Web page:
CAR Rebels Kidnap Six Congolese Fishermen
Six fishermen from the Democratic Republic of Congo who went fishing in the Ubangi river since Friday, Jan. 15 have been confirmed to have been abducted by the Central African Republic rebels.
The fishermen, who include two children aged between 10 and 14 years, were abducted by the CAR rebels in the Congolese island called Pito on Monday, Jan. at about 10 pm, HumAngle was informed.
They are said to be indigenes of Mogoro cell in the Fiwa quarter of Molegbe council situated 47 kilometres from the town of Gbadolite, (where former DR Congo president Mobutu Sese Seko was born) chief town of North Ubangi province.
One of them who escaped from the hands of the kidnappers disclosed on Sunday that they were kidnapped by the CAR rebels. The lucky fisherman gave his name as Gbeto Verekota, aged 24 years.
He revealed that their kidnappers subjected them to excruciating torture which resulted in his right arm being fractured.
According to him, he managed to escape when they were being transported to the base of the rebels in the locality of Yehu in the sub-prefecture of Zangba, Lower Koto prefecture in the Central African Republic.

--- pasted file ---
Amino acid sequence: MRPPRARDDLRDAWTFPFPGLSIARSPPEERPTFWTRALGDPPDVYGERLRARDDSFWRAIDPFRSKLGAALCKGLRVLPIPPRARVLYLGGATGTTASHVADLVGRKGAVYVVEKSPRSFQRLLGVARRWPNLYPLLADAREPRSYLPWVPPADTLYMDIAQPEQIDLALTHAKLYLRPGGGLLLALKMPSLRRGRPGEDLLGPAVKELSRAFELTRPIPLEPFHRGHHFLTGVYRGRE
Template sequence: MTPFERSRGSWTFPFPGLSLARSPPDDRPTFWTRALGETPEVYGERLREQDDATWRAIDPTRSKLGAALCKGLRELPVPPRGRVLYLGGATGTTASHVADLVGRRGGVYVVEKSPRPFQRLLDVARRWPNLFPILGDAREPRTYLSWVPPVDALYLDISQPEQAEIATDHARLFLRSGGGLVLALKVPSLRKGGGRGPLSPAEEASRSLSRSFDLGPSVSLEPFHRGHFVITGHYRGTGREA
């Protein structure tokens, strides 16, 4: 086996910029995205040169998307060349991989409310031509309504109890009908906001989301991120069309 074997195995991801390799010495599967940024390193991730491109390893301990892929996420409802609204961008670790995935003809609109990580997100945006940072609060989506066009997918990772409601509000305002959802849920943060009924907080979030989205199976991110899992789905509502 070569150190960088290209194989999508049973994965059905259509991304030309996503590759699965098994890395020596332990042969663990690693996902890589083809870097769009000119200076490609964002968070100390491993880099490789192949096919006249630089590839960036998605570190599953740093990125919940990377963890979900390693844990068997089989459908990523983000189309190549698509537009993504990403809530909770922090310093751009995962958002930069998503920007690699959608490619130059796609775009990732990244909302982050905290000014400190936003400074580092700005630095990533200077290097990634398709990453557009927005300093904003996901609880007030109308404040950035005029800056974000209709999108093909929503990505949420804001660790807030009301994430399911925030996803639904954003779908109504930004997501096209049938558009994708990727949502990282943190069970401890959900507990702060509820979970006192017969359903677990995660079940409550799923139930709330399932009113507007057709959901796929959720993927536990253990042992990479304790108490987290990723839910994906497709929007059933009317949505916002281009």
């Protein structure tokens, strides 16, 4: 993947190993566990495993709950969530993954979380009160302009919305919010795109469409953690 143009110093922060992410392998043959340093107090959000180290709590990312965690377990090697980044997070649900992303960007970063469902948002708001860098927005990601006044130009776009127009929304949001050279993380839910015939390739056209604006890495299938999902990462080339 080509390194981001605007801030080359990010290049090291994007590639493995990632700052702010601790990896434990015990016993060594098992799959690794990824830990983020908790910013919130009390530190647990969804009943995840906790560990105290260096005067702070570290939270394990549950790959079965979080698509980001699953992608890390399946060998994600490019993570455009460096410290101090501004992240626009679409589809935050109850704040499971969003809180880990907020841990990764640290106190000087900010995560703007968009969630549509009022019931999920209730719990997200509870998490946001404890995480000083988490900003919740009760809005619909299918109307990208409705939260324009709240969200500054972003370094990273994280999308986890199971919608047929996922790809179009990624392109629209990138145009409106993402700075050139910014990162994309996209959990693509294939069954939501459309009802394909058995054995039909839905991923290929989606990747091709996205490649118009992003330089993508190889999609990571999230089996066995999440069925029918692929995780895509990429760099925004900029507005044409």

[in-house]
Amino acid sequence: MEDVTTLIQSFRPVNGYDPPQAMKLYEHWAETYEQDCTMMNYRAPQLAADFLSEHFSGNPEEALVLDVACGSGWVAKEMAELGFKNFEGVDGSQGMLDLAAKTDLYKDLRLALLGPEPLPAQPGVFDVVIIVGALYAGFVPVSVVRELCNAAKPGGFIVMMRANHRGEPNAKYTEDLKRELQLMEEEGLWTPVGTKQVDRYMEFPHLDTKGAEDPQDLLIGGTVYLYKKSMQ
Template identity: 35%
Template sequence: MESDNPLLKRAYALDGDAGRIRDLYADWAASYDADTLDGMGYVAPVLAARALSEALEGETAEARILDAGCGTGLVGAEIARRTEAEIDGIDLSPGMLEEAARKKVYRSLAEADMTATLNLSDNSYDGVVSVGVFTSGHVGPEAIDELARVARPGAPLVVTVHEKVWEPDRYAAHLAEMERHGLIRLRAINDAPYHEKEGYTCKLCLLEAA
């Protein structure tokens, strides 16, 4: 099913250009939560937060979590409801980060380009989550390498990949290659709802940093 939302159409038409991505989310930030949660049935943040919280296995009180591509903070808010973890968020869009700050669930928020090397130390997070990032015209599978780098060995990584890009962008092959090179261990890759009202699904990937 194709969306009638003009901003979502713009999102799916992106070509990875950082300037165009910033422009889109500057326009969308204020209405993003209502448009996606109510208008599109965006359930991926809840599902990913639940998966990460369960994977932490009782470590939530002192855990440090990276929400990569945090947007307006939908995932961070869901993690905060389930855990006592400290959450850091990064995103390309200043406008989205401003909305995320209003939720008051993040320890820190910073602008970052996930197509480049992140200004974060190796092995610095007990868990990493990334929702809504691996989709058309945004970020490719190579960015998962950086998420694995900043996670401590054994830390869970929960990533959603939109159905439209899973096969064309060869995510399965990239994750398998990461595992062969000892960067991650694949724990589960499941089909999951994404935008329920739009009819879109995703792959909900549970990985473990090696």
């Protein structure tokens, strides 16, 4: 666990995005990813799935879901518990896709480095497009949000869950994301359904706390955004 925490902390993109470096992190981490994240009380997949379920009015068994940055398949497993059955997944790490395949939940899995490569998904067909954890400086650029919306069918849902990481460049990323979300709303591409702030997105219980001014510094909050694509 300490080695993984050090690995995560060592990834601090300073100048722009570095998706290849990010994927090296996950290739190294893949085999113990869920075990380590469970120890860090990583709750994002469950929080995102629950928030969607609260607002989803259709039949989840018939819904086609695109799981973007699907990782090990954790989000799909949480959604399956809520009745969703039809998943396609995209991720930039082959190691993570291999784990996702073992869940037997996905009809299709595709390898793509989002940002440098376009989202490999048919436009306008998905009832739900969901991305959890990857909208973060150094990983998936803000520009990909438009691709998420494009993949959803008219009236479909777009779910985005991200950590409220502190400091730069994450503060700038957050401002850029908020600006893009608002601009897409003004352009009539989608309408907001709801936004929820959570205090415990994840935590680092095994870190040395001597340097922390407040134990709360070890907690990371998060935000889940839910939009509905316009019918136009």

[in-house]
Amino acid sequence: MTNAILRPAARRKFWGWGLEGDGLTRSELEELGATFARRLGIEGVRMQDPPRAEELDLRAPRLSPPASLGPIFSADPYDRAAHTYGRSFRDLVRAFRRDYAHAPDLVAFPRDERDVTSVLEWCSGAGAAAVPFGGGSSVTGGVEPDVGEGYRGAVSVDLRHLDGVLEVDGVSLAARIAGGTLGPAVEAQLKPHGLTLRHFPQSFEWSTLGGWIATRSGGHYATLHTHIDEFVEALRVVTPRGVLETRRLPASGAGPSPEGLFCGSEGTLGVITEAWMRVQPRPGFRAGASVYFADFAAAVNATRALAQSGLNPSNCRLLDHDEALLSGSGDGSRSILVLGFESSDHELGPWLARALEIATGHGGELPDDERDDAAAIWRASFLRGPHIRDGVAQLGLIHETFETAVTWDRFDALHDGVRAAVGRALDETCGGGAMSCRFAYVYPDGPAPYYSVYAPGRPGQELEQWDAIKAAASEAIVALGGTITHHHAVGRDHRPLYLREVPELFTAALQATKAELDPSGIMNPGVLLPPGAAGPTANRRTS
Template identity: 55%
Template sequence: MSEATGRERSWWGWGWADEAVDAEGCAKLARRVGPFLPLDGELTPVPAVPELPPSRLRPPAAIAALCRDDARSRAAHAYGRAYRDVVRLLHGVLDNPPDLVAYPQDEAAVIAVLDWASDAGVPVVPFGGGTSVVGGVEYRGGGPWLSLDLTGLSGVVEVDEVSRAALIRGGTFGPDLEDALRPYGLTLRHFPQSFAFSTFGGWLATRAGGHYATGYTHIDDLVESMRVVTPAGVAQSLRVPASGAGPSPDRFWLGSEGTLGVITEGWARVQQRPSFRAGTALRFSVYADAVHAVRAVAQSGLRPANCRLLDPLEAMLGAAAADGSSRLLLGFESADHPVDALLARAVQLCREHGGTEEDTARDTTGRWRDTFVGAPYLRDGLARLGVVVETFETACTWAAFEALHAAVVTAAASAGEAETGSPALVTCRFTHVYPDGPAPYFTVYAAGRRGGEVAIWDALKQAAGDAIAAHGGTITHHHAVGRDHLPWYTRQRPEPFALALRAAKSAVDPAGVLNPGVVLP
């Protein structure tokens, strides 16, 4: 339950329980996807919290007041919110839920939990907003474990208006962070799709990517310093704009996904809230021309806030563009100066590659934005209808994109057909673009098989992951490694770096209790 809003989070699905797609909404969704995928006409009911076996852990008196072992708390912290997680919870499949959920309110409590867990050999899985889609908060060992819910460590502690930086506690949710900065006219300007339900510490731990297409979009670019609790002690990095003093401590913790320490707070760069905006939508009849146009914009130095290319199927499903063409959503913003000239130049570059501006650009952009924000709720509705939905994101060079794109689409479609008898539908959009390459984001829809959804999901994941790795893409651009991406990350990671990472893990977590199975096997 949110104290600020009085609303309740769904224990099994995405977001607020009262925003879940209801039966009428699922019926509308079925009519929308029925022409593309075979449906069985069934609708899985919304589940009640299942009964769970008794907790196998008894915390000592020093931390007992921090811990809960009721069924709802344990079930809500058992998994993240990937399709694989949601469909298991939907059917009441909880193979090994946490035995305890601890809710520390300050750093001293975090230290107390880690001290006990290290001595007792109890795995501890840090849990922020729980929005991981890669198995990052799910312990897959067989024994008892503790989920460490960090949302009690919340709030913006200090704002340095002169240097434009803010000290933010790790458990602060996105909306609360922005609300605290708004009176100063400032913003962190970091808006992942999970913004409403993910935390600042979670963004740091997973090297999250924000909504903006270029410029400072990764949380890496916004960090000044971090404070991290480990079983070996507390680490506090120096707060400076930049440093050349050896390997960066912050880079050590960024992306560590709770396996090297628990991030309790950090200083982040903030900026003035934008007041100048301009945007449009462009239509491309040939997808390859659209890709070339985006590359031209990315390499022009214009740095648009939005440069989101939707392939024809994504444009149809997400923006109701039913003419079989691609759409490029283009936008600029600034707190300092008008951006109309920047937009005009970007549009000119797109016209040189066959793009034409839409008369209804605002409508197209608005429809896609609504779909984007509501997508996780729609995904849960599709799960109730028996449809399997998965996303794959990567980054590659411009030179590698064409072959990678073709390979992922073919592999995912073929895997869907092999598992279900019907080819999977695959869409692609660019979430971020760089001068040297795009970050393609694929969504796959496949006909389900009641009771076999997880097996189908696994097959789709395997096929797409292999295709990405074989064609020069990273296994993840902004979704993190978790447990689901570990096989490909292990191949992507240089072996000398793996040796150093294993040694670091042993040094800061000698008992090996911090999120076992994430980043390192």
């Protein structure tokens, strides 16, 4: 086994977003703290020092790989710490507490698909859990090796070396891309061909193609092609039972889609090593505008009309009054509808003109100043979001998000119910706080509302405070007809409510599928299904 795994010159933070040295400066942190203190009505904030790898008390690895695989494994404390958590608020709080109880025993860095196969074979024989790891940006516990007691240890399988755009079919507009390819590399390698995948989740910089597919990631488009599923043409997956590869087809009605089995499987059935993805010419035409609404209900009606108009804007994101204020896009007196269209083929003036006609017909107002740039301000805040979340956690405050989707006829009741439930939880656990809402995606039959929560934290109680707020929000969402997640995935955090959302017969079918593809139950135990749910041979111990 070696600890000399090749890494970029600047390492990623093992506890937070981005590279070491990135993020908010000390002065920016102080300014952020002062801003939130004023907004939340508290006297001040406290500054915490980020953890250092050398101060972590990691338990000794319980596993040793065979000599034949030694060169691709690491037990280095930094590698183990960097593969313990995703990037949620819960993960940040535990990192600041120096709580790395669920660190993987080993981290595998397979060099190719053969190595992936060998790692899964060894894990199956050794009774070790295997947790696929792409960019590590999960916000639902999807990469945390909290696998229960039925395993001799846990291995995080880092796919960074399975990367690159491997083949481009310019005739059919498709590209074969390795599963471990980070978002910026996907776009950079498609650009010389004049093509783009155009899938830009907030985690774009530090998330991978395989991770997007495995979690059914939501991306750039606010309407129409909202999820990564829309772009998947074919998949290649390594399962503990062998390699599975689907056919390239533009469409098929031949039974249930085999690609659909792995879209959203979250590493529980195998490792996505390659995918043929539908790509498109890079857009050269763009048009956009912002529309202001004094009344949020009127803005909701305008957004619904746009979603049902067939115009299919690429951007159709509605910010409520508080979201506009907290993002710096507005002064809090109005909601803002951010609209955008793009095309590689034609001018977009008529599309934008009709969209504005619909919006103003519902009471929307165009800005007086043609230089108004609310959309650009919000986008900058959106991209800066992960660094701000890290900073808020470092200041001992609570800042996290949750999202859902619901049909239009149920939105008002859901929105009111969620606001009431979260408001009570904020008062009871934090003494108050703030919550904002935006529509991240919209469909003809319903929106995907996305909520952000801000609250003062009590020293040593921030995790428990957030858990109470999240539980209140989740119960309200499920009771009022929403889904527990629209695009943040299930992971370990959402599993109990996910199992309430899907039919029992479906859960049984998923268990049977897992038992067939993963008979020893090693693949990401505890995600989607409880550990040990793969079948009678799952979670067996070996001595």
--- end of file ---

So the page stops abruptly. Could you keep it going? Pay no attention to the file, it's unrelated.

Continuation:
Verekota revealed that their abductors were rebels of the Central African Republic Christian rebel group- the Anti-Balaka led by one General Ngiambi Gbialo.
According to sources in Mogoro, the Anti-Balaka rebels were demanding a ransom of between 500,000 FCFA (about US$1,000) to 1,650,000 FCFA (about US$2,500) for the release of each fisherman.
The North Ubangi provincial civil society consultation group that alerted the authorities of the kidnappings has called on the provincial government authorities to urgently send a team to the ground to investigate with a view to taking the necessary measures to ensure the security of the population of Mogoro who are under serious psychological depression right now.
They have also called on the central government to reconsider its stand concerning the security threats by Central African Republic armed groups operating along the Ubangi River.
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